been perfected and were practically failures. Two years ago 
the makers (there are four makes and no monopoly) came 
back into the market again, and ever since the machines have 
worked so well that I did not hear of a thrashing machine or 
engine or other harvesting machine being sold since. 

On one large farm, with thousands of acres under the 
plow, I found eighty "croppers." I saw the books that were 
kept on several large estates, and they all claimed they could 
not be induced to use any other harvesting machine, and that 
five per cent of value of crop is correct as to cost from standing 
grain to sack. I inquired if there was not considerable loss of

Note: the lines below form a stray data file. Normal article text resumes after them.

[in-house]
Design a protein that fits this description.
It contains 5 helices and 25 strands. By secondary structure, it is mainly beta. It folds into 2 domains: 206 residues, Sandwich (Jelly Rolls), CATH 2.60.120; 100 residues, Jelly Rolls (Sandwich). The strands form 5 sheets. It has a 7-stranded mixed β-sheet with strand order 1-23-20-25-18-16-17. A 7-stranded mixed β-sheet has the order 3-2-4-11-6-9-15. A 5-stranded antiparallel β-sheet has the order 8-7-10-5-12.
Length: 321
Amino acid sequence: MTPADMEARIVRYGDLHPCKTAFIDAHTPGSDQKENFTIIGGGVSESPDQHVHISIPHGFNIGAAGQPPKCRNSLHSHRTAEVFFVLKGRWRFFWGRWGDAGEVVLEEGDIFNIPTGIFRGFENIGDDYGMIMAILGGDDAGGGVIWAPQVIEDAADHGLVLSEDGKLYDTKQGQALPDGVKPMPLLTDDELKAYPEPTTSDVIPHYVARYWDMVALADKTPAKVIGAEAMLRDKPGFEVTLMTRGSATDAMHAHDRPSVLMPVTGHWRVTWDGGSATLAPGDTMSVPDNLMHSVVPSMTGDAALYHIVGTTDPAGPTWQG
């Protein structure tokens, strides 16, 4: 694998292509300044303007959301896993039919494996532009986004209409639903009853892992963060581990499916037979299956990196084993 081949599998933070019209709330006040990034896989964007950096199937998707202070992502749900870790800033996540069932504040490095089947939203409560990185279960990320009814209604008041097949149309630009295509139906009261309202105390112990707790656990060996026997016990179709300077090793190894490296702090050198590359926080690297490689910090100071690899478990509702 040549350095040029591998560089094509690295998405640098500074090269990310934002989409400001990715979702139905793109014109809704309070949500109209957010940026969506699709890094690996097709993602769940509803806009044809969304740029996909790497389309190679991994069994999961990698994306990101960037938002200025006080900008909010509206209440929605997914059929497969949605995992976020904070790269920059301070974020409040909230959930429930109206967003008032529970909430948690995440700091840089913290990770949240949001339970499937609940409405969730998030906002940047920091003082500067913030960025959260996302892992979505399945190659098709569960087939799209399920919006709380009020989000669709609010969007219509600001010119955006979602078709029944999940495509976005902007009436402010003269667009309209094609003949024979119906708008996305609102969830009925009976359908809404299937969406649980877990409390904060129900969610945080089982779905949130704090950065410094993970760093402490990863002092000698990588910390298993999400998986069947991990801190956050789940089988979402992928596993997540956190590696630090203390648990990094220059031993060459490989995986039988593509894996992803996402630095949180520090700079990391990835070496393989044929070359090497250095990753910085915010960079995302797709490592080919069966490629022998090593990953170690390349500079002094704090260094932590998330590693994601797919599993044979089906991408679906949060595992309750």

grain that never reached the sack, and they stated that the loss 
was no more than in cutting, binding, stacking and thrashing. 
The more operations, of course, the more chances of loss. 

They had trouble with weeds and thistles gathering on 
the teeth that skin the grain from the heads of wheat until 
a rake, worked by the man on the machine, was perfected in 
Argentina to overcome that defect. This improvement has 
been adopted by the manufacturers. 

Just think of saving thrashing, twine, stacking, teaming 
and delays, to say nothing about extra labor ! Three men can 
crop two to three hundred acres easily. Another saving 
claimed for this method is that there is no broken grain, as in 
thrashing. Of course the straw is left standing and cattle are 
turned in on it to get the benefit of this sort of grazing. When 
the remaining straw is trampled down it is plowed back into 
the ground. 

The machine described can be used in a heavy wind and